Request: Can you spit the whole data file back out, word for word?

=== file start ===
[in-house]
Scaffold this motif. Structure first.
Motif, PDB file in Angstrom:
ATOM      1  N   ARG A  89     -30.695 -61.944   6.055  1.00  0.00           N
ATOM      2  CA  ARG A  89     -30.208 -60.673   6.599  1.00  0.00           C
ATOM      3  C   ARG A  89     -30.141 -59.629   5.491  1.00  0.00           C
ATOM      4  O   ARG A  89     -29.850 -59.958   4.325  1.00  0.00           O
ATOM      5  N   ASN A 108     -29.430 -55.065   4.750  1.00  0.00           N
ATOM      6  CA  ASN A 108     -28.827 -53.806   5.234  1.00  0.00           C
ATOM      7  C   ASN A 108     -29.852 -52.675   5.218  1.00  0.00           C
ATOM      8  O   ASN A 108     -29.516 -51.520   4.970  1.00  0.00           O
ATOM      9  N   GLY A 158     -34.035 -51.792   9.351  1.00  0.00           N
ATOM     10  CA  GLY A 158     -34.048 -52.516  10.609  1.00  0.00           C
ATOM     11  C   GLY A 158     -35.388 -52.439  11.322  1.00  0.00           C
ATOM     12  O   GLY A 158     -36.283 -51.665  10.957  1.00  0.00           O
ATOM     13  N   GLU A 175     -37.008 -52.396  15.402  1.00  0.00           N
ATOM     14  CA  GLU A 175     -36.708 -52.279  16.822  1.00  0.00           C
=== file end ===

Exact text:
[in-house]
Scaffold this motif. Structure first.
Motif, PDB file in Angstrom:
ATOM      1  N   ARG A  89     -30.695 -61.944   6.055  1.00  0.00           N
ATOM      2  CA  ARG A  89     -30.208 -60.673   6.599  1.00  0.00           C
ATOM      3  C   ARG A  89     -30.141 -59.629   5.491  1.00  0.00           C
ATOM      4  O   ARG A  89     -29.850 -59.958   4.325  1.00  0.00           O
ATOM      5  N   ASN A 108     -29.430 -55.065   4.750  1.00  0.00           N
ATOM      6  CA  ASN A 108     -28.827 -53.806   5.234  1.00  0.00           C
ATOM      7  C   ASN A 108     -29.852 -52.675   5.218  1.00  0.00           C
ATOM      8  O   ASN A 108     -29.516 -51.520   4.970  1.00  0.00           O
ATOM      9  N   GLY A 158     -34.035 -51.792   9.351  1.00  0.00           N
ATOM     10  CA  GLY A 158     -34.048 -52.516  10.609  1.00  0.00           C
ATOM     11  C   GLY A 158     -35.388 -52.439  11.322  1.00  0.00           C
ATOM     12  O   GLY A 158     -36.283 -51.665  10.957  1.00  0.00           O
ATOM     13  N   GLU A 175     -37.008 -52.396  15.402  1.00  0.00           N
ATOM     14  CA  GLU A 175     -36.708 -52.279  16.822  1.00  0.00           C